This seems to be an old model of the LAW Concealment Systems holster. It’s an IWB pouch with the bottom divided (by sewing front and back together for an inch or so). It has a big flap to keep the butt of the gun off your skin. I’ve borrowed it from Joel’s holster drawer.
It’s a very good design, particularly for a small revolver. The division of the bottom of the pouch lets you put the gun in either upright, or canted either direction. With a revolver, the cylinder ends up below the belt, so retention is excellent, but the butt sticks up well clear (and hence easy to grasp). For me it rides well about over my kidney.
I’ve just spent a rather exhausting day, teaching a carry course with Joel and helping run the students through their qualification shoot (and setting up the range; we were at Oakdale Gun Club, so we had to haul shooting benches and target holders up close to the target wire on the 50-yard range we were using to get the students 15 and 21 feet from the targets, and then haul them back afterwards). My Taurus 85 rode in this holster from when I left the house to pick up Judy (about 9:15) until I got back after dinner (about 9:30pm); so right about 12 hours. Driving 30 or so miles in the car, sitting in class, standing teaching, doing the lifting and hauling of setting up and tearing down the range, putting up targets for the students, and so forth.
Actually, my major discomfort from carrying all day seems mostly to come from having my shirt untucked. It’s not specific to where the holster is; it’s all around my waist, where the belt bears. I’m not used to that, most of my life I’ve kept whatever shirt I’m wearing tucked in
This holster works well with my Kahr K40 also. Without the cylinder, retention isn’t as solidly locked in as as with a revolver, but it still feels very secure.
This holster is especially good for people who don’t want to settle down to just one carry weapon. It will work for a wide range of carry guns, and save you having to buy holsters for each and every one of them.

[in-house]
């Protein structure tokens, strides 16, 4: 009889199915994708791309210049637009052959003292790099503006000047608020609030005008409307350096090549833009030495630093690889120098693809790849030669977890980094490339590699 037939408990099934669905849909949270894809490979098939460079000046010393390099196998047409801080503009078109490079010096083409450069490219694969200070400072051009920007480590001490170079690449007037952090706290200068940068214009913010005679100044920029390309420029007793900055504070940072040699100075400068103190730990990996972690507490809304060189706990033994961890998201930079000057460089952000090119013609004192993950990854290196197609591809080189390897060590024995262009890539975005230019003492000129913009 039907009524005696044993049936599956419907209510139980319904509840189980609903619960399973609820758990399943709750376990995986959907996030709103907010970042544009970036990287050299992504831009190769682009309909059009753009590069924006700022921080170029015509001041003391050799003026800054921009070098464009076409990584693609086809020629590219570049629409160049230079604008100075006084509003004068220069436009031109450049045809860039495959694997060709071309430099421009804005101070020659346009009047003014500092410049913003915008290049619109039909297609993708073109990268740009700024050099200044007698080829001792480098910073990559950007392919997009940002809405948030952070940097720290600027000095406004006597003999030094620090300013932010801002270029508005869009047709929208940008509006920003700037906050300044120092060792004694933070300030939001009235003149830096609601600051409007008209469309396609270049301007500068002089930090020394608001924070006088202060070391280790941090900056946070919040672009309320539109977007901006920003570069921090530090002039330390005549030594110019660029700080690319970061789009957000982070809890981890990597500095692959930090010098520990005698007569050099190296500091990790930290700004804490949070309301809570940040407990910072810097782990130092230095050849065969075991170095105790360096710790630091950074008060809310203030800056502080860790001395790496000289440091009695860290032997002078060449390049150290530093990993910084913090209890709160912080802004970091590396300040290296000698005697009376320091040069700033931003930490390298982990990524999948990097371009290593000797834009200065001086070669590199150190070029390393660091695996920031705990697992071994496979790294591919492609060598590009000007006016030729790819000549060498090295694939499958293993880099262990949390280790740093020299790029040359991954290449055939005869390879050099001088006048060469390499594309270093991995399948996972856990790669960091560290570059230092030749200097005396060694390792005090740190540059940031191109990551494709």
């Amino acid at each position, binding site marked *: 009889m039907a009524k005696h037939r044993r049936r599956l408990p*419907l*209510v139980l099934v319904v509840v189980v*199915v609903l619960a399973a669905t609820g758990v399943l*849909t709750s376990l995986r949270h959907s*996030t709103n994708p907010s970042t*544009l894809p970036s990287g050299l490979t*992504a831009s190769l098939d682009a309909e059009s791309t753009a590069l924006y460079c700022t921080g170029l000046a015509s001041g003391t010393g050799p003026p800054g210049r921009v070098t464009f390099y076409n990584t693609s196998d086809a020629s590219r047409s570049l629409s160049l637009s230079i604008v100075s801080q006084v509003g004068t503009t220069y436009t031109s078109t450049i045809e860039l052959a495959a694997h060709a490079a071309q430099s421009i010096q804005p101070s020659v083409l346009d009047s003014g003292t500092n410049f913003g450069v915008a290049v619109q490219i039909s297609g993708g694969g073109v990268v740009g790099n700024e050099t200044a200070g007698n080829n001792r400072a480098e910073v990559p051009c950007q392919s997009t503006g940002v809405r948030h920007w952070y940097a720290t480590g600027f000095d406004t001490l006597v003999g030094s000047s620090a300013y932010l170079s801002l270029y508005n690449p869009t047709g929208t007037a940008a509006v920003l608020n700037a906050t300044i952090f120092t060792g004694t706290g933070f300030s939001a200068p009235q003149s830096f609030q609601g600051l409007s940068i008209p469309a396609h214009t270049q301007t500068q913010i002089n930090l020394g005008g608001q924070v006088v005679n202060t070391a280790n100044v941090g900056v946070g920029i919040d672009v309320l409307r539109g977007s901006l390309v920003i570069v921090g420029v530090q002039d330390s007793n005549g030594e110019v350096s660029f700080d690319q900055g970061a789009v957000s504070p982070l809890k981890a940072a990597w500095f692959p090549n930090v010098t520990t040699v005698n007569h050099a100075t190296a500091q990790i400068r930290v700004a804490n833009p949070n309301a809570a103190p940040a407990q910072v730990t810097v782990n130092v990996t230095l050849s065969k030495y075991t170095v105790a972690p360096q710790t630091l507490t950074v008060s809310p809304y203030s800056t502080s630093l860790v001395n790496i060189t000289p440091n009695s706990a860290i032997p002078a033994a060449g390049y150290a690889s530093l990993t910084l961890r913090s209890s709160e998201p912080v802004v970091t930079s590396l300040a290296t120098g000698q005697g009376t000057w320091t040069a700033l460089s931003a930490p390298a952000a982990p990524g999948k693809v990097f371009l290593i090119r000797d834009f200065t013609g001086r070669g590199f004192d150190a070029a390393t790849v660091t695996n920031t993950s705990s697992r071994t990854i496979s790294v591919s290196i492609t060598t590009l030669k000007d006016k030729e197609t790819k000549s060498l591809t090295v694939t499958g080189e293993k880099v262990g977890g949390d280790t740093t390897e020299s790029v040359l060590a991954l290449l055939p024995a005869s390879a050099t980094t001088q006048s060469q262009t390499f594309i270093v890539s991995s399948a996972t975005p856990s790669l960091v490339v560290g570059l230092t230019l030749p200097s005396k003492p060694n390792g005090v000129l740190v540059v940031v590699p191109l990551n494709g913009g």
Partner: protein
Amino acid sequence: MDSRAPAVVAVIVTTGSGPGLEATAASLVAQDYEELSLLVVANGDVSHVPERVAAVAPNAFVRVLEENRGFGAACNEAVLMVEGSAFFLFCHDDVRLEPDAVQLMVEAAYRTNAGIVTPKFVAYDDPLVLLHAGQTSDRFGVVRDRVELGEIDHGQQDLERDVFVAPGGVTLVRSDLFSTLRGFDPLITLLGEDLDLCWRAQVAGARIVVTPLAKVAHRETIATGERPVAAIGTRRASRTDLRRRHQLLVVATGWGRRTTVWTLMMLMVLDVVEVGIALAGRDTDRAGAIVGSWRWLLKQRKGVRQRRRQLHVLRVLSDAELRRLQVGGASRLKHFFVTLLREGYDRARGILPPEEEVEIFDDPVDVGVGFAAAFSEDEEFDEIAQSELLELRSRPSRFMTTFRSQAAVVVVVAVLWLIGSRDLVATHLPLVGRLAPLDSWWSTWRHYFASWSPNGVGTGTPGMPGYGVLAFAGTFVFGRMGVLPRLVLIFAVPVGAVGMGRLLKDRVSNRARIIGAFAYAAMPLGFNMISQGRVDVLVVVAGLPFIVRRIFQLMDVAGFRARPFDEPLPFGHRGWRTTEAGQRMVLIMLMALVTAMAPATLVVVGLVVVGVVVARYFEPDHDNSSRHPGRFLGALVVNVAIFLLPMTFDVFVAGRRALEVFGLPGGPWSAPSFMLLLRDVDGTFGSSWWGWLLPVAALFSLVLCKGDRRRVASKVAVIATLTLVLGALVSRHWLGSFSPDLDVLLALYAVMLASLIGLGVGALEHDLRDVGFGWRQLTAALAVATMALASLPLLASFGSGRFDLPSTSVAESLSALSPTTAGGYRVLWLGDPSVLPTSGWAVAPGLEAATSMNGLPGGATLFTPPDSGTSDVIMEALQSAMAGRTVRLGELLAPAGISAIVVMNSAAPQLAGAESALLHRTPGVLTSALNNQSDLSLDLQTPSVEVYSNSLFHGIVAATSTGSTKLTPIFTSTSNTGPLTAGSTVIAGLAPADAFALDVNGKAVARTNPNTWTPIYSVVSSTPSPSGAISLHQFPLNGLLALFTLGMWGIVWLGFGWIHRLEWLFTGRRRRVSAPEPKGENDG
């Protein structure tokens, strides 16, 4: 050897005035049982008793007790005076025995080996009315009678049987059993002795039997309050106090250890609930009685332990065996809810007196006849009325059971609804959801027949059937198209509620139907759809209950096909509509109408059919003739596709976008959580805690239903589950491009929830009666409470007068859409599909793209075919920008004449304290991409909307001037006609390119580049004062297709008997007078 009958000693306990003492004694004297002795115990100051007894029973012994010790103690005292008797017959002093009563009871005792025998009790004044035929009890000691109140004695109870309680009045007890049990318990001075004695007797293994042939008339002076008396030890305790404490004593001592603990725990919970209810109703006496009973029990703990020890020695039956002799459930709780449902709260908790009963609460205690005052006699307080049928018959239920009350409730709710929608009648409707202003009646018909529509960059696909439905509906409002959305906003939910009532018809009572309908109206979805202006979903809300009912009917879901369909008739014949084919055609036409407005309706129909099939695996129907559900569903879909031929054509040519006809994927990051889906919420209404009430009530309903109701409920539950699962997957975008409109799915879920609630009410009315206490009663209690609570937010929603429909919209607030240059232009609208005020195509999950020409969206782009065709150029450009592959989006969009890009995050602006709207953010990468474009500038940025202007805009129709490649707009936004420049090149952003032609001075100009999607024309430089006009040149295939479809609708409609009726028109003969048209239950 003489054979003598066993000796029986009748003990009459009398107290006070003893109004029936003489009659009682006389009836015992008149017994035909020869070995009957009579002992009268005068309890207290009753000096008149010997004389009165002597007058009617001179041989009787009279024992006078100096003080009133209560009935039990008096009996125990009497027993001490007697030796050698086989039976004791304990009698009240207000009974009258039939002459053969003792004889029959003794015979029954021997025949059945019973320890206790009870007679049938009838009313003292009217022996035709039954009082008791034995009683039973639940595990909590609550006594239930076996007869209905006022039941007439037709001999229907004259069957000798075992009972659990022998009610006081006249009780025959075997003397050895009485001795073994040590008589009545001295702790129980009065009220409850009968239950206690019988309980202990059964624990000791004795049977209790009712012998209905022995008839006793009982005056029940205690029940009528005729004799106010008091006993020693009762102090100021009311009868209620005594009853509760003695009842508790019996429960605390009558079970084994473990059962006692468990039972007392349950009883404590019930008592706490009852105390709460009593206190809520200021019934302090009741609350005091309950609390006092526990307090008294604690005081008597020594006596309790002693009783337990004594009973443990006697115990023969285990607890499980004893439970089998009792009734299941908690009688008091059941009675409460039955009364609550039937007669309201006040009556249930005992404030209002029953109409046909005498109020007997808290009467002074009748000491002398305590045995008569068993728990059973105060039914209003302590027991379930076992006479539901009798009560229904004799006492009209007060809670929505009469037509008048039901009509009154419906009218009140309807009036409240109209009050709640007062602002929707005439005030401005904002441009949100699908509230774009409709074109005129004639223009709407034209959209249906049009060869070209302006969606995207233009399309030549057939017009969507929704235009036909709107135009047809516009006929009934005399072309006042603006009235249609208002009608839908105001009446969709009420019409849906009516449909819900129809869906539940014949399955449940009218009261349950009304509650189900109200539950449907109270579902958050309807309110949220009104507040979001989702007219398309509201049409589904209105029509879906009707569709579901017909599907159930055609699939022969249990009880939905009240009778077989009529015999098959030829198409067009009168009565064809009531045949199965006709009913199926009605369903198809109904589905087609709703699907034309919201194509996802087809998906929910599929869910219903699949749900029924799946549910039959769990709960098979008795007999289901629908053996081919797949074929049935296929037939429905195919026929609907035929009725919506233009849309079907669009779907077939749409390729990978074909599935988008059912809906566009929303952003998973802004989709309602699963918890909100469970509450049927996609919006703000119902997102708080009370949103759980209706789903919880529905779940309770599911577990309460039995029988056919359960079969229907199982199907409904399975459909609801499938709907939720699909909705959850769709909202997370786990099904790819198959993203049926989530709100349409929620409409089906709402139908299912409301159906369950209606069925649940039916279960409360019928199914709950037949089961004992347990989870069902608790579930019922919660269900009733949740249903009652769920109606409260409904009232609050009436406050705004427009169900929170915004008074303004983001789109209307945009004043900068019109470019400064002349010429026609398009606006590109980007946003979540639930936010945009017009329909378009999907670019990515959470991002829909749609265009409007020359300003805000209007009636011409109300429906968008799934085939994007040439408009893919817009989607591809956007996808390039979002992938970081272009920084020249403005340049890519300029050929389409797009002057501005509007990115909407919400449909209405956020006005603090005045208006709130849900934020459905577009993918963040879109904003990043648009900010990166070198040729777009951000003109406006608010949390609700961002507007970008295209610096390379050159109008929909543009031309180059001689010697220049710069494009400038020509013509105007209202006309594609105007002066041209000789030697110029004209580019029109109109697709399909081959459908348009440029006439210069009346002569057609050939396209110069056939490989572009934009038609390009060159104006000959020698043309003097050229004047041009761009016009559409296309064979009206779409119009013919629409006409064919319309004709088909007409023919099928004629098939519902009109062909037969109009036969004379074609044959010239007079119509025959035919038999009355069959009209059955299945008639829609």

Tony picked up some 44 Special loads for me at Gander Mountain on the shopping trip, so I was able to try my Taurus 445 again, with something other than Blazers (which resisted ejecting from the cylinder after being fired). They were 240 grain lead round-nose, basically cowboy loads. Mostly I’d pick something lighter than 240 grain for a defense load, and of course something other than a round-nose, but this is what I could get locally in brass cases.
I was able to extract all the brass casings, but some of them were a bit stiff. Tony suggests the visible rings in the cylinder may not be supposed to be there, but to my eye they look like they’re where the case should end, and may help to prevent loading magnum loads (and keep you from trying to close the cylinder with the bullets sticking out). I’m not going to start trying to polish them out yet, anyway.
So I shot most of a box, mostly at 15 feet. It was fun to shoot, though I did find my right wrist twinging slightly afterwards, presumably from the shock. But it didn’t hurt at the time. It points excellently. I could fire a full cylinder in just a few seconds, and put them all very near the centerline of the target, and mostly grouped in under a foot vertically. And I could make 4-inch groups with aimed fire; no doubt better will come with practice.
Joel found one of these last week (they’re just out; Joel’s is a 1xx serial number). Today I finally got a chance to shoot it. I found it very comfortable, not any more challenging than the P-32. What I was shooting was some lead round-nose bullets from some reloading company, so I have no idea what velocity they were reaching. They may have been softer loads than the S&B 73gr I’ve been shooting in my P-32.
I believe Greg found it would occasionally fail to feed with FMJ.
We were both shooting it at something like 50 feet, I think; I don’t actually know what the distance to that intermediate target wire on Oakdale’s “comp” range is. Anyway, an absurd distance for a gun of this configuration. And I believe we thoroughly scared the target; in fact there were some holes in it.